The Check is in the Mail

By Tommy A. Purvis

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Posted May 10, 2012 in News

Democratic hopeful Amos Young Jr. makes campaign promises—but not the ones you’d think

By all appearances, Amos Jackson Young, Jr. has big plans for the upcoming Democratic National Convention (DNC) that is going to be held the first week of September in Charlotte, North Carolina. His victorious campaign to be a district level delegate to the DNC from the newly drawn 35th Congressional District—which includes Pomona, Ontario, Chino, Montclair, Bloomington and portions of Fontana and Rialto—in this election cycle mostly means that he will be on the field of Bank of America stadium to listen to the President’s acceptance speech.

But a prolonged controversy that swirls around his efforts to win the caucus could end his journey prematurely.

On April 29, registered Democratic voters in the 35th district went to the polls to select three female and four male delegates, along with an alternate, to be district level delegates for the DNC. But three former campaign workers—Rosalia Altamirano, Pearl Mejia and Joanne Delgado—who were instrumental in the get-out-the-vote effort for Young—were there to protest his candidacy through a handbill in front of the delegate caucus at a Union Hall in Ontario. The last sentence of the first paragraph of the flier reads: “He claims he believes in fair bargaining agreements for working families, but does not practice this concept himself!”

The women claim the Young campaign had failed to honor a contract that would pay an $800 stipend to the “fellows” for two weeks of extensive field work that included phone banking, canvassing and fundraising for the district level delegate. The women were hired—along with two others females—after responding to an April 14 ad on Craigslist. Altamirano used the keyword “campaign” to find an ad for those who wanted to “be a part of an independent effort in support of President Barack H. Obama” through “cutting-edge partisan political campaign work based in the Inland Empire.”

Instead, the campaign quickly became a game of campaign survival island as Young turned staffers against each other to purge 40 percent of the staff. The females that were left drove Young to meetings and appointments. Each fellow had been previously gifted $100 for travel expenses. Altamirano was expected to pick up Young’s dry cleaning with her own cash. Canvasing without permission at Pomona’s Indian Hill Mall Swap Meet led to face time with security. Young told the staff in a phone call to ditch security and continue. Promises from Young for Chinese takeout were unfulfilled.

The first few days of the campaign were in a room at the First Baptist Church in Rancho Cucamonga that Young says the campaign leased through a $500 memo-of-understanding. The phone bank script used in the Young campaign told staffers to say they were calling from “students for Barrack Obama.” Those who pledged support to the President through a vote for Young got the additional enticement of entertainment and food at the statewide caucus. Young says that phone lists for his calls were cut from a third-party source for around $100. A staffer who was sent to FedEx Office to pick-up the call list says that two credit cards given to her from Young for the transaction were declined.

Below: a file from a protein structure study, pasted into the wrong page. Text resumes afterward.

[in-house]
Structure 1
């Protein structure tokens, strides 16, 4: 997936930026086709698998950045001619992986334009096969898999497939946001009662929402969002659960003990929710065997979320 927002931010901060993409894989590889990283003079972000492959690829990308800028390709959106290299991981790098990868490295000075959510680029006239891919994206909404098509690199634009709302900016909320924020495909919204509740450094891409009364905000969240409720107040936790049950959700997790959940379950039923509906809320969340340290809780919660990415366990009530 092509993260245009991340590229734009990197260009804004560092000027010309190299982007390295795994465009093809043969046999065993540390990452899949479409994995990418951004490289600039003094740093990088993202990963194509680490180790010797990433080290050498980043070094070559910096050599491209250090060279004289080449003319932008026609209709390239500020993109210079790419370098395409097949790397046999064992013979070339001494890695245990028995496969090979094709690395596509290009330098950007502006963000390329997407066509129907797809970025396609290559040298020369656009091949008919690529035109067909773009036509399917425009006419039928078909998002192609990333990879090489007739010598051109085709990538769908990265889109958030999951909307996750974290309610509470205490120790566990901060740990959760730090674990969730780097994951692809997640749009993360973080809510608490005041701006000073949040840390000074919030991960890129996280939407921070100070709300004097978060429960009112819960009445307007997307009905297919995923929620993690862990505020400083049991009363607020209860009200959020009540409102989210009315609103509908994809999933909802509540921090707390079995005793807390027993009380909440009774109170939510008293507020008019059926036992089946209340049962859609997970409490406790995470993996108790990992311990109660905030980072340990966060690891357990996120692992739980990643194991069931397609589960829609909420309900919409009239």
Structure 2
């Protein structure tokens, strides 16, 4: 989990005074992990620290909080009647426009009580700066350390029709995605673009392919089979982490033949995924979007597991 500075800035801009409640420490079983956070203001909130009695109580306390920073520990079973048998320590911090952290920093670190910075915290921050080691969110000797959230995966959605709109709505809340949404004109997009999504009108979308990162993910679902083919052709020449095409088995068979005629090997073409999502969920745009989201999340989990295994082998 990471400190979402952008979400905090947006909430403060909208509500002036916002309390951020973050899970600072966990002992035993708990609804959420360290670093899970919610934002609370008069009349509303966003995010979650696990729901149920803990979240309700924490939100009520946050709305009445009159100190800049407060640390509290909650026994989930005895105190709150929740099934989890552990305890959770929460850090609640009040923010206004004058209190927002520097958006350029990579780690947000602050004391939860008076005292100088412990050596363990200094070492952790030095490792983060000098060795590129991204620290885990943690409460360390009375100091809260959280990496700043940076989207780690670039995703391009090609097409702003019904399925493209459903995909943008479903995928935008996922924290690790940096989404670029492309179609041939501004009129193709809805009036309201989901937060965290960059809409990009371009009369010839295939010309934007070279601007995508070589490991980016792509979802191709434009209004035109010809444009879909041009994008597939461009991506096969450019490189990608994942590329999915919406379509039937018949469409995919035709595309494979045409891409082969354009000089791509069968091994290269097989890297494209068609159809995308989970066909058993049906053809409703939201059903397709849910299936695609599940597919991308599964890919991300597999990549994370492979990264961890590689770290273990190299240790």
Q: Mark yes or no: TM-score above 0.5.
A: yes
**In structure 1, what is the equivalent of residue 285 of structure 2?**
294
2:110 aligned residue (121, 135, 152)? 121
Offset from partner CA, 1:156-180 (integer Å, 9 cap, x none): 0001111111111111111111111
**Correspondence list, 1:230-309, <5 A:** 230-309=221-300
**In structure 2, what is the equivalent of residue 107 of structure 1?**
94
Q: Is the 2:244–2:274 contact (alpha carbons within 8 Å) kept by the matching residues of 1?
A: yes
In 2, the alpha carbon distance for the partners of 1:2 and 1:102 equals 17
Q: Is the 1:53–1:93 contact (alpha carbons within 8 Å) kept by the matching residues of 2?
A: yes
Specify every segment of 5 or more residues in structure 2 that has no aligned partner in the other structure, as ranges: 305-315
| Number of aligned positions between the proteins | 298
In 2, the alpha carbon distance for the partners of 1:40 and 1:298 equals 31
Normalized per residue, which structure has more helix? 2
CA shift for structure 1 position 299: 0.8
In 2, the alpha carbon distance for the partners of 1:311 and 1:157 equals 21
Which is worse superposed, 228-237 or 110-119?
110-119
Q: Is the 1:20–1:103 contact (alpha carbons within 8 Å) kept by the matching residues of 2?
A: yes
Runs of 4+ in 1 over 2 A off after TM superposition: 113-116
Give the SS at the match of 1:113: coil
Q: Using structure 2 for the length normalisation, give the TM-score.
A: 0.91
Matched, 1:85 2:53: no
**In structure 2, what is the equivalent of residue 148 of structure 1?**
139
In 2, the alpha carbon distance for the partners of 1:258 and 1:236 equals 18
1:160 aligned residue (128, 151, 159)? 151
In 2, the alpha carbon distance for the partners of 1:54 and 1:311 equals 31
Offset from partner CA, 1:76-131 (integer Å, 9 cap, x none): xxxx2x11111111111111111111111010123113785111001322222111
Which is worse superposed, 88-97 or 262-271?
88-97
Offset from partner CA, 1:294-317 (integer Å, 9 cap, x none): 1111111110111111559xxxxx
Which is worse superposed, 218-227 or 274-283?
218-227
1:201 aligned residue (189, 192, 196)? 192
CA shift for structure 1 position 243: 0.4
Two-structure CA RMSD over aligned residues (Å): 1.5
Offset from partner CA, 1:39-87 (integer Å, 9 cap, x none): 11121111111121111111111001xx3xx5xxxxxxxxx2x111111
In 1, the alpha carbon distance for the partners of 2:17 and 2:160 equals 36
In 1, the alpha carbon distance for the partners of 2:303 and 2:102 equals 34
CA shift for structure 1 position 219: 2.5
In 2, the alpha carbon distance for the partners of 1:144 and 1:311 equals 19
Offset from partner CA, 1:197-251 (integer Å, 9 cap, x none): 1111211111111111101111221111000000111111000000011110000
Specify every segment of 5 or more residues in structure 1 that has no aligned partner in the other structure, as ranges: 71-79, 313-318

After several false promises of payment, the disenfranchised Young fellows started the Facebook page “How has Amos scammed you?” An owner of a limo company posted that Young owed them $420 for a ride that was supposed to involve the boxer “Sugar” Shane Mosley. A person posted that Young owed an accountant friend of hers money for an old tax return. Another person posted that Young has a pre-trial hearing today at the Fontana Superior Courthouse for allegations that he obtained money through false pretenses along with a court case number. The fellows posted video of encounters with Young to get their cash. Another poster left a picture of Young’s Facebook page banner with Eva Longoria and Secretary of Labor Hilda Solis at an Obama fundraiser.

The women also filed a complaint with the DNC and the San Bernardino County District Attorney’s office.

“It is appropriate that it is on May Day that we are coming together to raise our voices to ensure justice for these women and all workers,” Victor Quiroz, president of the Fontana Democratic Club (FDC), said in a written statement before a rally for the unpaid fellows. “This is the day that people all over the world recognize the people’s right and imperative to fight for fair wages for their work and to be free from exploitation and mistreatment at the hands of any corrupt employer or contractor.”

Young’s membership in FDC had been previously revoked after he bounced a $10 check.

On Monday, the Young campaign released a statement that says the fellows have been cut checks that were put in the mail for the past balances owed to them. Young blamed the SNAFU in payment on a switch from merchant systems from Durkee & Associates to an East Coast-based firm. “With this issue behind us, I look forward to working with my fellow Delegates and ensuring the Re-election of President Barrack Obama, working to pass the Obama/Biden Agenda and providing support to regional Democrats.”

 


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